May 31, 2010
BP, one of the largest and richest companies in the world, shaved on safety during its Deepwater Horizon drilling order to cut its costs. As one example: the standard practice in drilling in waters that are more than a mile deep is to use two pipes, one inside another, as an extra level of protection against dangerous gases escaping from the well. But since these pipes are long and expensive, BP decided to use only a single pipe.
By mid-April, BP had completed drilling the well. But until the company could complete plans to pump the oil out, it decided to plug the well up with cement and abandon it temporarily. To make sure that explosive gas was not escaping, either out the sides of the well or up into the drilling pipe, the well had to be completely sealed in cement – a job that was done by Haliburton – and then tested. But to save time and money, BP drastically reduced how much it tested for escaping gases.
Only hours before the explosion, technicians said that one test showed that gas was still leaking. But the top BP manager refused to do more extensive testing, and instead ordered the final work to prepare to abandon the well, including removing heavy fluid from the drilling pipe and substituting much lighter sea water. Many workers are reported to have challenged the rig manager, saying they feared this would allow gases to escape and cause an explosion.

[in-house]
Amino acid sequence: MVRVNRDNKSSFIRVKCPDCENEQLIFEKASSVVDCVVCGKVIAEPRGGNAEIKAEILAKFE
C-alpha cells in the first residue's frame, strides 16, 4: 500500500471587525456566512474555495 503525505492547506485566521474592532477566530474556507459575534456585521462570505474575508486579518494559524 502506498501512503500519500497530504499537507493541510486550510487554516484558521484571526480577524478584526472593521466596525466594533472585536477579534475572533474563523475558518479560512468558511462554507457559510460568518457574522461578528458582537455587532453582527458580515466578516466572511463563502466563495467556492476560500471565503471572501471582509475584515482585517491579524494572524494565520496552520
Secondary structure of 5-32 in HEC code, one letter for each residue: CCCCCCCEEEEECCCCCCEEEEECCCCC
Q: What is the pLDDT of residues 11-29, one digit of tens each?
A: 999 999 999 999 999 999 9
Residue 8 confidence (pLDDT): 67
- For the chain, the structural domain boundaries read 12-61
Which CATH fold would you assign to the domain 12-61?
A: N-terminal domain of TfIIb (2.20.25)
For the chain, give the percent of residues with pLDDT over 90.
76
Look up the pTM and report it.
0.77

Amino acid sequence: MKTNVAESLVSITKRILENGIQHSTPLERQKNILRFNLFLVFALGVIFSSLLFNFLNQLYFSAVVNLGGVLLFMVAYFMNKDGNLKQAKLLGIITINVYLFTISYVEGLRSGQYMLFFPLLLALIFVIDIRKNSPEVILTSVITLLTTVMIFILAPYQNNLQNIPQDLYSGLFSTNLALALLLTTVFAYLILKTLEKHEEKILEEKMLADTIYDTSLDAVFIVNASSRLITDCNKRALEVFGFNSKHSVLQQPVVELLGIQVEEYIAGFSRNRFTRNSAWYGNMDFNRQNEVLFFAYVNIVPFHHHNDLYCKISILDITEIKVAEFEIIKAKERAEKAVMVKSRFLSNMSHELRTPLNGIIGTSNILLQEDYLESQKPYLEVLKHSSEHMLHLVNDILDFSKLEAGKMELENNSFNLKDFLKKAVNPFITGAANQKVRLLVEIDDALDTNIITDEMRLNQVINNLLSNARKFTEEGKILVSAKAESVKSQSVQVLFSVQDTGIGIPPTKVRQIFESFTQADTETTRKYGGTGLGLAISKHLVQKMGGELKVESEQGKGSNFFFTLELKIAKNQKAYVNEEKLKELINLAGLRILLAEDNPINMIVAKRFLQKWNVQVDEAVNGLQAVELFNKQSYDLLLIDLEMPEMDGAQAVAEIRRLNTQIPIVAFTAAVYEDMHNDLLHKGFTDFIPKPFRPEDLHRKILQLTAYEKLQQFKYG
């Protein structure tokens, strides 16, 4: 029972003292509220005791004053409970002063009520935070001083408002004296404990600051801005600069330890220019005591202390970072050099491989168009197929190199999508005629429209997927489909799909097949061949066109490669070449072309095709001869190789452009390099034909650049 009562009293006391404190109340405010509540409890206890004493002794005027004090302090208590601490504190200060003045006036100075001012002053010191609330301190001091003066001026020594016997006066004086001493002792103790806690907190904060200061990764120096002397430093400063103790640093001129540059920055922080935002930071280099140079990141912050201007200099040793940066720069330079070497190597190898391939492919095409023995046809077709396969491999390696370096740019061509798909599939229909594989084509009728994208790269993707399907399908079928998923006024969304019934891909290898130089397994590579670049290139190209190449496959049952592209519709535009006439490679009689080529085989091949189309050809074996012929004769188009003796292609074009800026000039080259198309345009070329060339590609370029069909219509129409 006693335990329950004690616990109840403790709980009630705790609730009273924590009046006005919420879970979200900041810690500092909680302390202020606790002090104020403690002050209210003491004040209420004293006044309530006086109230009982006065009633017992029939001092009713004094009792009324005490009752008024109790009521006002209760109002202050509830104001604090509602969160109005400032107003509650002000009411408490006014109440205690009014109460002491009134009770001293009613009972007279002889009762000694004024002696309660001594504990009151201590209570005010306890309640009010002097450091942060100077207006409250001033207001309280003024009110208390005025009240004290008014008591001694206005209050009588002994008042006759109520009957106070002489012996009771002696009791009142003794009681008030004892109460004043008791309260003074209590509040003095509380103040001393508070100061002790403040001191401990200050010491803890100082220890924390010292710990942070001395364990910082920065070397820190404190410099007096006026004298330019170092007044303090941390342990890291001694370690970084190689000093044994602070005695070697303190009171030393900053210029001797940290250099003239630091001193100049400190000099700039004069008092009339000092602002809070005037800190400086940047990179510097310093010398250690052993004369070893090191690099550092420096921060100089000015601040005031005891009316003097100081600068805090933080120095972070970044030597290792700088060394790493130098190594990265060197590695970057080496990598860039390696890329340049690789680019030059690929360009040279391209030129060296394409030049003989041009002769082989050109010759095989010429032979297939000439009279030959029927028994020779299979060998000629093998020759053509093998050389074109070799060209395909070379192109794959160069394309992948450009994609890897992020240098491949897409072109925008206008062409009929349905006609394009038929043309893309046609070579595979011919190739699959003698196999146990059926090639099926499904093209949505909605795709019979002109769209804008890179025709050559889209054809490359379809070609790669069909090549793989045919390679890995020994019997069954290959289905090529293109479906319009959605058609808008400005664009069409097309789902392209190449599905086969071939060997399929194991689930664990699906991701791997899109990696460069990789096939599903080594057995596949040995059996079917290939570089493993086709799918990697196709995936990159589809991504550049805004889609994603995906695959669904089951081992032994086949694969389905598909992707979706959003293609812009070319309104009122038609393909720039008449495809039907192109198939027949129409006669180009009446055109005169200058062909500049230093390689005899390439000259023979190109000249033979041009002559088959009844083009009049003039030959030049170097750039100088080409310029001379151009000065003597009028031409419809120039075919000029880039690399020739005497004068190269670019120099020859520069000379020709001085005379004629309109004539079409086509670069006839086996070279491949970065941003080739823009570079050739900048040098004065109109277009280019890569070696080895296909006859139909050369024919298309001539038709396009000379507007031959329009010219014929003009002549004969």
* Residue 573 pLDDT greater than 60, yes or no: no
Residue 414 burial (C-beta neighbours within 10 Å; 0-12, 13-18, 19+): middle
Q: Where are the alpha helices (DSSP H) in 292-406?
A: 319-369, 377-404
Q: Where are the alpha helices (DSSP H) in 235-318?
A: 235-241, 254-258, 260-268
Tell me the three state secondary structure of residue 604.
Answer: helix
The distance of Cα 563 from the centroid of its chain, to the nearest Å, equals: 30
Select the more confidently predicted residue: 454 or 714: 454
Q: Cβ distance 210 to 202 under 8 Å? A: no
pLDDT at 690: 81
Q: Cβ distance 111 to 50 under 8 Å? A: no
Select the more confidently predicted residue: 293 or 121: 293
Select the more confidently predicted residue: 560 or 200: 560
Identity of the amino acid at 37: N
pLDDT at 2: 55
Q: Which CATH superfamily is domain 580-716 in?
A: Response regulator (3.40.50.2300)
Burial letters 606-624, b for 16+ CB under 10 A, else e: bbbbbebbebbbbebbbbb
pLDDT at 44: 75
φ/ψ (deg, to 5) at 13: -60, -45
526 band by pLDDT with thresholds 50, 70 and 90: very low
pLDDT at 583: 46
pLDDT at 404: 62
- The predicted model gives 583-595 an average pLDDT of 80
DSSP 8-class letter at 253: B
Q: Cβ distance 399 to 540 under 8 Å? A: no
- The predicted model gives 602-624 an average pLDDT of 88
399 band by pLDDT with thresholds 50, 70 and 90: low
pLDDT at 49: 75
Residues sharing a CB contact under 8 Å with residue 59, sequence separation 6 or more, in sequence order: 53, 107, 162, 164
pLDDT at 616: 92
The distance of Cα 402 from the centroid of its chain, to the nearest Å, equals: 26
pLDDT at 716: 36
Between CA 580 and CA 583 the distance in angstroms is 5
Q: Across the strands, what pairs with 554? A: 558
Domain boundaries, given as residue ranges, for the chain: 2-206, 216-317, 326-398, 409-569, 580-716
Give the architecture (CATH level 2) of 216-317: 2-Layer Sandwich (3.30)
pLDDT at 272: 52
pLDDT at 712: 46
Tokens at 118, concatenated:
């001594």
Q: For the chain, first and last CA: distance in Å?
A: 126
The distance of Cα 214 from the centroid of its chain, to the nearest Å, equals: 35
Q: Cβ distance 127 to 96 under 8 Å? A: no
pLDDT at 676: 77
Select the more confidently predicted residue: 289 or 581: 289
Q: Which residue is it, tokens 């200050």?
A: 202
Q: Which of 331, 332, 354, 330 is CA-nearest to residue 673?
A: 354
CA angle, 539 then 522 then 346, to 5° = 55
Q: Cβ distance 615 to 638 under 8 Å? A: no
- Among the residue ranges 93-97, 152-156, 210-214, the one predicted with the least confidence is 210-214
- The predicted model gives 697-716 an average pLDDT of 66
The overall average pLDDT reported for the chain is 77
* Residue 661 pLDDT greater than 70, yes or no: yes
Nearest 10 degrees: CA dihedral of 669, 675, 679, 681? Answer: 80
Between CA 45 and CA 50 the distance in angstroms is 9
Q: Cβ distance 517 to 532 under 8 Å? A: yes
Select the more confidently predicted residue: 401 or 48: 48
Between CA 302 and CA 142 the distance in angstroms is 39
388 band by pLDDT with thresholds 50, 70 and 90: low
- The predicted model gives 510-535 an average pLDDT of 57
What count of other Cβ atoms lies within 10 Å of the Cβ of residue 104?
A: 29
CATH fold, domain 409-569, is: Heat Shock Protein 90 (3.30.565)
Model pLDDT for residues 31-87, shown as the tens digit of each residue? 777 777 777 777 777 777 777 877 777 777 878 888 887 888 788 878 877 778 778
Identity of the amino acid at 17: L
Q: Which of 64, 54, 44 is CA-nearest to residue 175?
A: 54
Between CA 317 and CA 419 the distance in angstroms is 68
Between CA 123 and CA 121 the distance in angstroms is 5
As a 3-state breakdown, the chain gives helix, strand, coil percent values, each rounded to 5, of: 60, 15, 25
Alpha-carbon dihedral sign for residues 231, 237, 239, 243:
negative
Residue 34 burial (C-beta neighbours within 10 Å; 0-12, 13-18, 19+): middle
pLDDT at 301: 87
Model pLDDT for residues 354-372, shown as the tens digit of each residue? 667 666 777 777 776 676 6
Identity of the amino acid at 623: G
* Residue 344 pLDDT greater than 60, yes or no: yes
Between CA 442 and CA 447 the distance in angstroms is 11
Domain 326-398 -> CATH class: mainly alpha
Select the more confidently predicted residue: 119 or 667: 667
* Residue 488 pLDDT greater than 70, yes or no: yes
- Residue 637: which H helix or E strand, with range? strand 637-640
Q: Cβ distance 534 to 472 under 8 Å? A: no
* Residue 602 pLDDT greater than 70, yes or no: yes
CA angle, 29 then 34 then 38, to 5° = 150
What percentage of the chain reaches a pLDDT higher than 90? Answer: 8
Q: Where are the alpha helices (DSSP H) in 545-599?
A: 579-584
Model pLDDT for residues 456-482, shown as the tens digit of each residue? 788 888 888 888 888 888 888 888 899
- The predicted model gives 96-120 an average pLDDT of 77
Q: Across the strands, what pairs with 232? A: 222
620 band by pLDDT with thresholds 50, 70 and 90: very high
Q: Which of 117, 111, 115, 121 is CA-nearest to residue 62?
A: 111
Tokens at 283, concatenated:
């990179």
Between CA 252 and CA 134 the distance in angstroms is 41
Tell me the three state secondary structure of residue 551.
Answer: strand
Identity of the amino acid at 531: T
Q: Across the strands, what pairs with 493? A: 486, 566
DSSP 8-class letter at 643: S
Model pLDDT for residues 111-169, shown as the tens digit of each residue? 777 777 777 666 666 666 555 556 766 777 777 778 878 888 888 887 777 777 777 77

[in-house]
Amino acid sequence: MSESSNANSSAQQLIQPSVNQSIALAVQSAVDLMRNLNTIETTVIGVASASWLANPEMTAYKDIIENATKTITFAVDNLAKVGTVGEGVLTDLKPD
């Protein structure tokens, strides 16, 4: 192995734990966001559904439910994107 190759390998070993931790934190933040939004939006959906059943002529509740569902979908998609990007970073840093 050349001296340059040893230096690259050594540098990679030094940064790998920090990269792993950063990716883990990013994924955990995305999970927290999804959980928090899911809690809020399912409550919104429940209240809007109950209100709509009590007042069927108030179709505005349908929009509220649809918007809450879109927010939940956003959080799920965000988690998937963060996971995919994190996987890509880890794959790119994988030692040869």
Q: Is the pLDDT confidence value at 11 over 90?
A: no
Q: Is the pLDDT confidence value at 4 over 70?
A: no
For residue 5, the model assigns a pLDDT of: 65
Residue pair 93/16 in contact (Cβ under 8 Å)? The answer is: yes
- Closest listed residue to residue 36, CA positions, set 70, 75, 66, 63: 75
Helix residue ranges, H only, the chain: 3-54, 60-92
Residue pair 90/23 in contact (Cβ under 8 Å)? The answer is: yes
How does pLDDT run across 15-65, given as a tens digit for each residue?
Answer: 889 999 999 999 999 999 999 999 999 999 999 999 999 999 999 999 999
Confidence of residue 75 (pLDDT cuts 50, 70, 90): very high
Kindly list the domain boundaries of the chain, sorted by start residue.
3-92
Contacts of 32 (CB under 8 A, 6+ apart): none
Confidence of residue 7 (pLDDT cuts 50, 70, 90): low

And that’s what happened. After the drilling fluid was removed, gas began to rush out of the well. As a final fail safe, workers hit an emergency switch to activate the blowout preventer, an enormous 450 ton machine positioned near the sea floor that is supposed to cut the drilling pipe and seal the well. But the blowout preventer didn’t work. It turns out the blowout preventer was known to have had many problems, including a history of leaking hydraulics.
The escaping gases ignited and caused an enormous fire that killed 11 employees, and caused the biggest oil spill in U.S. history.
BP was carrying out the same policy as every big company. Just look at the Exxon Valdez oil spill in Alaska and how Shell has poisoned the Niger delta in Nigeria. All these companies maximize their profits at the expense of their workforce, the people in the surrounding areas, and the environment.